As a leader of an organization that has a wellbeing orientation, it can be tempting for me to over-index on empathy and prioritize employee happiness and wellbeing above all else. I truly do care about my team and fundamentally believe that what’s good for people is good for business.
But what’s good doesn’t necessarily mean what’s easy. Or comfortable. Or popular. Your team needs to be challenged. Your team needs to be held accountable. Your team needs to be stretched. Your team’s incentives need to be aligned with business performance. And some of these things, while incredibly important, don’t always feel good in the moment.
It’s easy to point to the problems with the extremes in either direction, but as with so many aspects of leadership, the right answer lies somewhere in the middle between two seemingly contradictory forces and behaviors.
You have to prioritize wellbeing and lead with empathy while also holding folks accountable and driving business results. It’s no easy task.
Here are a few tips I’ve learned over time in building an organization that cares deeply about people but also is on a high-growth trajectory:
Communicate context and intent.
Communication is always key, but it’s critical when delivering unpopular or challenging news. That might be in clearly stating what is required to hit a goal or even when you might have to change a person’s role or income in an unfavorable way. Anchor folks around the why of these decisions, how they enable business success and how they were carefully evaluated. Without context, people can quickly jump to misguided assumptions, making a difficult transition much worse.
Flex your approach to the individual’s style and needs.
Some people on your team might need to really understand how a change impacts their future while others simply just need to be clearly told what to do, and they will do it. Consider your audience and their style and preferences when communicating goals and holding team members accountable to them. Remember that people are motivated by different things so challenge yourself to really understand what drives each team member and consider those motivators in how you drive performance.
Celebrate effort, but don’t lose sight of results.
It’s the absolute worst, as an individual contributor and as a leader, when hard work doesn’t pay off in terms of results. We want to believe that effort guarantees outcomes, but that’s not always the case. As a leader, it’s important to recognize this. We should be celebrating our teams when we see dedication and hard work. And also, it’s important not to celebrate the effort so much that the message that we’re still falling short gets lost. No one wants to feel unappreciated, so call out the right behaviors whether or not they lead to the optimal outcomes. And also don’t water down your message with fluffy, celebratory language. Be clear about where the organization is missing the mark and what needs to happen going forward.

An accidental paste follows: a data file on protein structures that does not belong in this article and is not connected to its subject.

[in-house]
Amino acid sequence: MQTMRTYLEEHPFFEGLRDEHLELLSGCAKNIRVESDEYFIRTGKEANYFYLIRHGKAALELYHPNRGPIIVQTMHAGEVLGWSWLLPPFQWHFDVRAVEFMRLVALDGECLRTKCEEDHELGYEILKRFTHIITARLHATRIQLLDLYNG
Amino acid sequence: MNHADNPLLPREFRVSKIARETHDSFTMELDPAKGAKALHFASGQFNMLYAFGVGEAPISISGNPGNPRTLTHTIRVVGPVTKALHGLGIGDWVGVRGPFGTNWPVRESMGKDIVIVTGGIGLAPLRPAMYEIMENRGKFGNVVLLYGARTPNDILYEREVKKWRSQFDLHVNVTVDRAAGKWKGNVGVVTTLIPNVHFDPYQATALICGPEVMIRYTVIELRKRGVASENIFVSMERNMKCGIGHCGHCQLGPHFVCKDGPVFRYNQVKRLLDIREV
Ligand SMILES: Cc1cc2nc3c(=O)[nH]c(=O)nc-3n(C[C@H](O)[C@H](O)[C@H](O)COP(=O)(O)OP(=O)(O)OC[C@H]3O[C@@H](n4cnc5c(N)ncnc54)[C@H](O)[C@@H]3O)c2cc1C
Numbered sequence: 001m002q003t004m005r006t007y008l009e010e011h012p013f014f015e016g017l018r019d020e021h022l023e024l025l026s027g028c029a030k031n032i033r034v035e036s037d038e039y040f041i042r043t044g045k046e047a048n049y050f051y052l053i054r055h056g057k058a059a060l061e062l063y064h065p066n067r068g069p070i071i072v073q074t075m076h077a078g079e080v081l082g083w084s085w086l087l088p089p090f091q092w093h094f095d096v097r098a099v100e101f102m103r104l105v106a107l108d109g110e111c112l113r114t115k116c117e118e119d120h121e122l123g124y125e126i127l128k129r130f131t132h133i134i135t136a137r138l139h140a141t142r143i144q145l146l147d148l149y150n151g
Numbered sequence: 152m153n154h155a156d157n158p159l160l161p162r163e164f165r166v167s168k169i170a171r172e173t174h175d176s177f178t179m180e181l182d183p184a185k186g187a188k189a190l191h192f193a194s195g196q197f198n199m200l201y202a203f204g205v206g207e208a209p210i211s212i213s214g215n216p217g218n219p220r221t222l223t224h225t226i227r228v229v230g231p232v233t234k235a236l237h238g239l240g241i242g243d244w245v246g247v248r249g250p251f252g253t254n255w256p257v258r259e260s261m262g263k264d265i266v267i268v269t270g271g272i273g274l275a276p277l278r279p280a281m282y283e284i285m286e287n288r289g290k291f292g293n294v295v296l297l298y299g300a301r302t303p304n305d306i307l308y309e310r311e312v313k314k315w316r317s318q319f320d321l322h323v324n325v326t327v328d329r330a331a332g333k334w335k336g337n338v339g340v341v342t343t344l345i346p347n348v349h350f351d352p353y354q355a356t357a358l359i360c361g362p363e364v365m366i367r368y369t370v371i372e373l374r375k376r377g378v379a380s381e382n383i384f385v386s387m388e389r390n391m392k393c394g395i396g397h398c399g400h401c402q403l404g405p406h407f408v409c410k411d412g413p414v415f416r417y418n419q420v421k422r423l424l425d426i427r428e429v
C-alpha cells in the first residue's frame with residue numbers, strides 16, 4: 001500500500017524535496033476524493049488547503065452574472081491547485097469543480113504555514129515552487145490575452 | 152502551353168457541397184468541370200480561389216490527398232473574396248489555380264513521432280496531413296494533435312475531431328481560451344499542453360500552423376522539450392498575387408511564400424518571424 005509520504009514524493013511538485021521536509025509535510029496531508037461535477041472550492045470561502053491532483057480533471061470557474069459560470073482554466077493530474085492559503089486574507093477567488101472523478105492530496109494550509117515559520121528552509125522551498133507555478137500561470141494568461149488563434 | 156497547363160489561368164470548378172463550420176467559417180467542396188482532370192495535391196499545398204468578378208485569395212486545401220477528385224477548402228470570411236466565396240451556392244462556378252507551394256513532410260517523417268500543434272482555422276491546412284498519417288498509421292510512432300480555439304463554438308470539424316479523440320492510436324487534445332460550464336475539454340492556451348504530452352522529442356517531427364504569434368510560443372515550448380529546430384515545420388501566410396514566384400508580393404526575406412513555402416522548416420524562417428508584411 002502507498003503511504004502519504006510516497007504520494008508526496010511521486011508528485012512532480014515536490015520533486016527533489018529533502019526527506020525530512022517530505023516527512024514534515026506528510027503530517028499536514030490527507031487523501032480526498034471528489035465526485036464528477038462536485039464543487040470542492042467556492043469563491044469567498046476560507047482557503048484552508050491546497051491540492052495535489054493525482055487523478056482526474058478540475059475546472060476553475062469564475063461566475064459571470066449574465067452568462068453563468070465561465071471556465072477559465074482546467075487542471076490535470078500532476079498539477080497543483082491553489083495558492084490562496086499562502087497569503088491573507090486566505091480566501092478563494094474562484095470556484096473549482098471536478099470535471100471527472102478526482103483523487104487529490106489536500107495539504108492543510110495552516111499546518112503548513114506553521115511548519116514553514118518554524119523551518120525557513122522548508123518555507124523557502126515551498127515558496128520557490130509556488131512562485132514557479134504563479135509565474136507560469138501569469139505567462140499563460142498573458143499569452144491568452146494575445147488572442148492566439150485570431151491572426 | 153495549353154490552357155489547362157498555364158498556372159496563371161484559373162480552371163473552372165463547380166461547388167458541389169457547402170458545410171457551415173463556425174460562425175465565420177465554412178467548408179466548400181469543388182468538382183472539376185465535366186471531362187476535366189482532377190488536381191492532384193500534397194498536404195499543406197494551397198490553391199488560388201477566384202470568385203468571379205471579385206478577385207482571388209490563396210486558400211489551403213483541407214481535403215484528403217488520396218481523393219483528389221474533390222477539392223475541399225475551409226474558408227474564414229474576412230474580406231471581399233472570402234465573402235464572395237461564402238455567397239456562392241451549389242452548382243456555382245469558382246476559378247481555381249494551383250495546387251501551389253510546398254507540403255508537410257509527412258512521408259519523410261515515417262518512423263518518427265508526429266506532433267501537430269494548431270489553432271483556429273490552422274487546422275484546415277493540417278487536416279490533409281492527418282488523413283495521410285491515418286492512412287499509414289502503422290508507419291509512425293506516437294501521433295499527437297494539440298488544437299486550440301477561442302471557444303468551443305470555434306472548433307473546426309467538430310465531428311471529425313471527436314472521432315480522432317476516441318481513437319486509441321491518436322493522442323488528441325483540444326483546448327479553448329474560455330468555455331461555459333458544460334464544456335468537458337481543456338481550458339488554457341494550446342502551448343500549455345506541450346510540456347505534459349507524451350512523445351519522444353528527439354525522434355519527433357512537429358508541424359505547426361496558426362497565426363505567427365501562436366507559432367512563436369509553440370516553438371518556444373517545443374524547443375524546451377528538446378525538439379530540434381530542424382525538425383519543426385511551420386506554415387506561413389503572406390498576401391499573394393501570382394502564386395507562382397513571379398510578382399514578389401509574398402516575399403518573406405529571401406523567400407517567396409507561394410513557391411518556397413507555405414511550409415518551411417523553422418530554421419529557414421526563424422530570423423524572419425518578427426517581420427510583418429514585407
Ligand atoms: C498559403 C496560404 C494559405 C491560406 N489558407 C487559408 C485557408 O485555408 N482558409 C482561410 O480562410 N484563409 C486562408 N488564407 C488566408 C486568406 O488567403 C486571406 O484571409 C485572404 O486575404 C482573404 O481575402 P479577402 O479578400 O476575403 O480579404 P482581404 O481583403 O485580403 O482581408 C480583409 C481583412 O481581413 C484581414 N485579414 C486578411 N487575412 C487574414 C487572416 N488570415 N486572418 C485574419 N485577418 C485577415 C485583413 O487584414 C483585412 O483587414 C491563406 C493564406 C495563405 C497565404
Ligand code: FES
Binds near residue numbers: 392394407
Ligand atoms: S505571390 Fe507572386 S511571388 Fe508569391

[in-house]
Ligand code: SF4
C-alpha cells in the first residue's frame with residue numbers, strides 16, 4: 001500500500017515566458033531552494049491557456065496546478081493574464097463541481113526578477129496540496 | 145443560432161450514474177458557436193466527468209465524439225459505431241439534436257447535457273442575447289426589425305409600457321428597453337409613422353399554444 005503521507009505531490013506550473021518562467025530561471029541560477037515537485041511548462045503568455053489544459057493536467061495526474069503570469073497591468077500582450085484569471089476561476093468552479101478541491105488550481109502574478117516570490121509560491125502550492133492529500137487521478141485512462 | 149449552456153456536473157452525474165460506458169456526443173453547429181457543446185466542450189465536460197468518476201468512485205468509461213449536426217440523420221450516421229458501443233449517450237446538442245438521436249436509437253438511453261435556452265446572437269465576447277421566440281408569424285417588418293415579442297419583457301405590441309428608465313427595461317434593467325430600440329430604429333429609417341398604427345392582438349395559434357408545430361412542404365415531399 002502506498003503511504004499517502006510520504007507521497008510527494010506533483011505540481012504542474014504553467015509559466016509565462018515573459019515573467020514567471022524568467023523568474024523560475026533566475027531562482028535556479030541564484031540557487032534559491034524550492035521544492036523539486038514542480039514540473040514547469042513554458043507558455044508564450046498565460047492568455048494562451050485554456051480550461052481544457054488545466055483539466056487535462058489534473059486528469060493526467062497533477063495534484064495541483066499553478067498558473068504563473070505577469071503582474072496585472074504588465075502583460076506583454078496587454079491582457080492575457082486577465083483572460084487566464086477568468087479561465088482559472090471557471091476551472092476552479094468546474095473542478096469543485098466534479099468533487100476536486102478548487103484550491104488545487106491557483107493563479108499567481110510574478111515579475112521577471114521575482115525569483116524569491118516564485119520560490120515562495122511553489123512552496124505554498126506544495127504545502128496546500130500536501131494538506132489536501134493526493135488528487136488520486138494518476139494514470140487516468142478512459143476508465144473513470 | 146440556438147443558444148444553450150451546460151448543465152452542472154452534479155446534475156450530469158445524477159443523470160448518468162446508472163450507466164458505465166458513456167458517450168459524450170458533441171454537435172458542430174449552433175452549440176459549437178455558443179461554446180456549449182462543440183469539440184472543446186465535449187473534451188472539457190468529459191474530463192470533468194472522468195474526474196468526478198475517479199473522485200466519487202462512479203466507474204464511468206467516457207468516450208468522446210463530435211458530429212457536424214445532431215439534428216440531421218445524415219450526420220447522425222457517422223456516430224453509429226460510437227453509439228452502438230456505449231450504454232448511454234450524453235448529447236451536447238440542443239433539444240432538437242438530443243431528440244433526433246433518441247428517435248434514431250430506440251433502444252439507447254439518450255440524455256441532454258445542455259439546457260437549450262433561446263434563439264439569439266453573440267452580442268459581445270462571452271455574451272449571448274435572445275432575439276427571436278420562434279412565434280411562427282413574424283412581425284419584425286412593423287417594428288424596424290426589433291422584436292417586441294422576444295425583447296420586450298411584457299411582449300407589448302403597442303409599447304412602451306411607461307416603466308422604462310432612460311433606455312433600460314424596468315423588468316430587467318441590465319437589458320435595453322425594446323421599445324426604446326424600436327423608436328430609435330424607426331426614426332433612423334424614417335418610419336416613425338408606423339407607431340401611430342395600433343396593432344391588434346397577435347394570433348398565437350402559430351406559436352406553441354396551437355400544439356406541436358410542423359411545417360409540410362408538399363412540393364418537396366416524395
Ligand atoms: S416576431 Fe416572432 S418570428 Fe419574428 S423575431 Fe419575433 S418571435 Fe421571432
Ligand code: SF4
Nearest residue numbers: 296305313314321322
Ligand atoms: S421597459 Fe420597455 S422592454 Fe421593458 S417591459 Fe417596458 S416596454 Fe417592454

Be both principled and practical.
It’s important as a leader to have principles, guardrails that keep you on a proven path. You might have firm stances in what you approve, how you compensate and what you reprimand. And also, sometimes you need to be practical and bend your own rules to get a job done or support a specific person in an unusual scenario. Don’t be so principled that you get in your own way. And do be so wishy washy that you bend to every plea and request. Trust your gut to know when each is appropriate.
Pay attention to seasons and cycles.
No one can operate at 110% all the time. Humans crave starts and finishes, periods of intensity and periods of relief. There will be times in business when you need all hands on deck to hit a target or launch an initiative. Make sure everyone knows the importance of that. And also, though no time is ever “easy,” sense when there’s space to exhale and invite your team to enjoy it. Remind them to take vacation, encourage them to reflect on and celebrate wins, give them permission to downshift. This might be a time when you can focus a team meeting on connection or self-awareness versus business activity and outcomes. Tune into your team’s cycles of energy and output, and try to align messaging, content and direction with the current need.
Do what you can when you can.
It’s easy to feel like an investment in wellbeing and recognition needs to be formal or expensive. But sometimes the small, personal touches go a lot further than the formal reviews or company-wide programs. A $100 spot bonus or a $10 venmo for a cup of coffee goes such a long way. Sending an email to celebrate someone’s work or telling your direct report to take the day off when they are going through something difficult can make such an impact. Don’t wait for the big moments to invest in wellbeing – the smaller the better.
Remember that business performance is an enabler of wellbeing.
When a mentor of mine said this very directly to me, it rocked my world. I had been thinking about these things as contradictory: either your team is happy and relaxed and the business suffers or you’re working them to death and the business is doing well. Those are certainly two common scenarios, but they aren’t the only ones.
It is really difficult for employees to truly have wellbeing at work when the business is struggling and not meeting goals. What happens? Perks get cut. People become reactive. Stress rises. It may feel more challenging in the moment to work harder, receive tough feedback or try a new approach, but if those are the things driving positive business outcomes, then they are also drivers of wellbeing.
Balancing empathy and accountability is no easy task and it can be confusing at times to determine what is “right.” Working with a coach can help you test your assumptions, right-size problems and move forward with clarity. You don’t have to navigate leadership alone.